This is not a warm, fuzzy passage. This is not a passage you would quote when you’re feeling down and your faith is challenged. It’s a hard thing to hear, yet it still applies to our lives today.
The second revelation we can gather here is that God will be glorified in His people, even when they are stubborn and disobedient. …And by “they” I mean “we”.
That should be a hopeful thought, but maybe it’s not.
I’ve noticed that there is this idea permeating Christians today that before we “got saved”, we were bad, but now we’re not, and all the good stuff God gives us is because we’re so stinking good. Because we go to church. Because we tithe. Because of our great faith.
This passage says the exact opposite, but there is a highly important distinction we need to understand in this passage.
In Scripture, there is a GINORMOUS difference between the words “bad” and “wicked”. We could use the word “bad” to describe the Israelites, a people who watch God perform some of the greatest miracles of the Bible (I’ll take "Parting the Red Sea” for 1000, please"), and they still turn to worshiping idols on multiple occasions. In fact, we could summarize the Old Testament like this:
God performs miracles. God’s people are amazed…until they’re not, and then they sin. God condemns the sin. They repent & sacrifice. God restores them and moves them forward. Repeat times 1,000. (End of Old Testament)
Okay, so God’s people, the Israelites, aren’t exactly the most faithful bunch. They’re sinners, just like you and me. They get distracted. They follow idols. They are led astray and turn back to God over and over. Just like you and me.
But the important distinction is in categorizing the Canaanites, who are in opposition to the Israelites, as “wicked”. Wicked doesn’t mean that they sin. It means that they reject the one true God and worship idols for generations upon generations… Oh, and this important detail:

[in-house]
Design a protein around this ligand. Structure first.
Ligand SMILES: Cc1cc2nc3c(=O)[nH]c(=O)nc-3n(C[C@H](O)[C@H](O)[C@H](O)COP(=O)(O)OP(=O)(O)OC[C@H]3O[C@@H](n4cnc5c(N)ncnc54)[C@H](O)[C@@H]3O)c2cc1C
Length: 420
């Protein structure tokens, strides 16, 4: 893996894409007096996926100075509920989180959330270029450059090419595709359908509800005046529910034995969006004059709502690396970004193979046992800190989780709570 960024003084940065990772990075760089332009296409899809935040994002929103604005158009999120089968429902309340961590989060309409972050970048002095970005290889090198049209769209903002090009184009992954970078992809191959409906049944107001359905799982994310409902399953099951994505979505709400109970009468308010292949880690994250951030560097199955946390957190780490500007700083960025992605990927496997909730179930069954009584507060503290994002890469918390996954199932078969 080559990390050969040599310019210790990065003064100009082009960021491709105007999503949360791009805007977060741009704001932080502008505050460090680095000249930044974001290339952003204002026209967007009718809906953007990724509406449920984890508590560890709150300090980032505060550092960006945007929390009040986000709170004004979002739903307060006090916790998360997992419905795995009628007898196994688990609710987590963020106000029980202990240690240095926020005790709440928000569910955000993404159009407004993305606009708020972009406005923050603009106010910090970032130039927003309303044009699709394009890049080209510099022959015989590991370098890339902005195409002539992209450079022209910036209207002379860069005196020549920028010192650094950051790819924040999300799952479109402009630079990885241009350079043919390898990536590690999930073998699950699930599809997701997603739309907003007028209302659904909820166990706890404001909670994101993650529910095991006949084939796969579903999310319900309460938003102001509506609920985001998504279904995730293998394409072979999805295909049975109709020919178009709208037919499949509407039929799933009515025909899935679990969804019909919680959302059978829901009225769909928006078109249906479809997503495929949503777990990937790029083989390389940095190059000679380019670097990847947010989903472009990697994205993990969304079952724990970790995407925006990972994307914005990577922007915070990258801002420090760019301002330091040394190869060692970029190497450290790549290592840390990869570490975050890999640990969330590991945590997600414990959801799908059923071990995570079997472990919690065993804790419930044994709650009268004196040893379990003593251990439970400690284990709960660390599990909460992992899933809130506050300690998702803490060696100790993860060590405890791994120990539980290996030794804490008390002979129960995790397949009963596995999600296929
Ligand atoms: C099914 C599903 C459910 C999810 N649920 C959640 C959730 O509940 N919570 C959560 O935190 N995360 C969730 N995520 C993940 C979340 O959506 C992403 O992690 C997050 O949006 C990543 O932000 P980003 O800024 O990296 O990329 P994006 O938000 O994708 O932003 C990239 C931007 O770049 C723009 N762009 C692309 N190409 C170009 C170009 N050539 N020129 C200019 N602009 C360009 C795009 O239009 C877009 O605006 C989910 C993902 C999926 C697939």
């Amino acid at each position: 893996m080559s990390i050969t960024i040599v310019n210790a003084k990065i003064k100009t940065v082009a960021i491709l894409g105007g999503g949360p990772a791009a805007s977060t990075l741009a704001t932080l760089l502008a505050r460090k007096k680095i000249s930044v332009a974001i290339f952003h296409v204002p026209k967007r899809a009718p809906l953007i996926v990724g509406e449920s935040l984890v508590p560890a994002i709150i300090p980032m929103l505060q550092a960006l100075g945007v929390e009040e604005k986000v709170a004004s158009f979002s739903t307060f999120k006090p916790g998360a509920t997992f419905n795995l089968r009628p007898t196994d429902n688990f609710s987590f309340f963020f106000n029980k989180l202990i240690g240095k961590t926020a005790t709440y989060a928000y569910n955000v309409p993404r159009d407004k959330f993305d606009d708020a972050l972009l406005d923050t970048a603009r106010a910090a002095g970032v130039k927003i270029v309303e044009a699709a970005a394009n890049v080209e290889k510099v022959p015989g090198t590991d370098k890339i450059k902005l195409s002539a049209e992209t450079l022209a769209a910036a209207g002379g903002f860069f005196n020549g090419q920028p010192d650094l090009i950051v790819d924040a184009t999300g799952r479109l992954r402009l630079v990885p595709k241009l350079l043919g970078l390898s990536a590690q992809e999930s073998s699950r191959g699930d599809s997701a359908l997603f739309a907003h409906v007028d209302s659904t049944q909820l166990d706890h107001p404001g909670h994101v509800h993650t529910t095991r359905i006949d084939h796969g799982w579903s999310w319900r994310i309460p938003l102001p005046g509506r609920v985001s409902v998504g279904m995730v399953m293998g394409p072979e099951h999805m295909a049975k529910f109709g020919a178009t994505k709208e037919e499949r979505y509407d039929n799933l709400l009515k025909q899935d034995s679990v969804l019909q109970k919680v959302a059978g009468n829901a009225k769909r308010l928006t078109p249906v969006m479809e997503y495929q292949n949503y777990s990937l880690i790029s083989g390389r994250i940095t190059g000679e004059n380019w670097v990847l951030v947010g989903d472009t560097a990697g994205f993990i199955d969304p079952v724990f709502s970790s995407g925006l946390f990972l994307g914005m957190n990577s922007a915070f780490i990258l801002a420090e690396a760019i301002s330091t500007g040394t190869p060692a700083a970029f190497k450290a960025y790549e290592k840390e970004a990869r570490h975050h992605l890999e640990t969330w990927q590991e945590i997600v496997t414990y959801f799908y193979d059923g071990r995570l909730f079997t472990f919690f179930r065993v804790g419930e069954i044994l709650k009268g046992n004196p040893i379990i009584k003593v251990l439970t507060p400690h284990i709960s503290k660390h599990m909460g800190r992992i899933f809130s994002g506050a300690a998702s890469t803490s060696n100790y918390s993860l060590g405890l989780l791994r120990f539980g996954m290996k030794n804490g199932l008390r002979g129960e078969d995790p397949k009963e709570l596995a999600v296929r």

They birth children just to sacrifice them to their false gods.
9 When you enter the land the Lord your God is giving you, do not learn to imitate the detestable ways of the nations there. 10 Let no one be found among you who sacrifices their son or daughter in the fire, who practices divination or sorcery, interprets omens, engages in witchcraft,11 or casts spells, or who is a medium or spiritist or who consults the dead. 12 Anyone who does these things is detestable to the Lord; because of these same detestable practices the Lord your God will drive out those nations before you.
Can you imagine how depraved a woman must be to kill her own baby in the name of religion?! These are a *WICKED* people, these Canaanites.
Let’s look back to Deuteronomy chapter 9. The Israelites aren’t oh so good, so God is giving them blessings. God is reassigning blessings from the wicked child-killers to the bad (but not wicked) Israelites, who at best are fair-weather followers of God.
Does Israel ever become “wicked”?
We know what happens when the Caanites wickedness is judged, but what do you think happens when the Israelites are wicked? Does God wipe them out? Not exactly. We see throughout the Israelites long history between being slaves in Egypt and owning the nation state of Israel that God rids the wicked people many times over. There’s the initial wipe-out of the original Israelites who were freed from Egypt but are too wicked to enter the Promise Land. So the whole people group of Israel has to stay right outside the Promise Land until that generation dies off, and a new (hopefully more) faithful generation rises up. (Enter: Joshua.)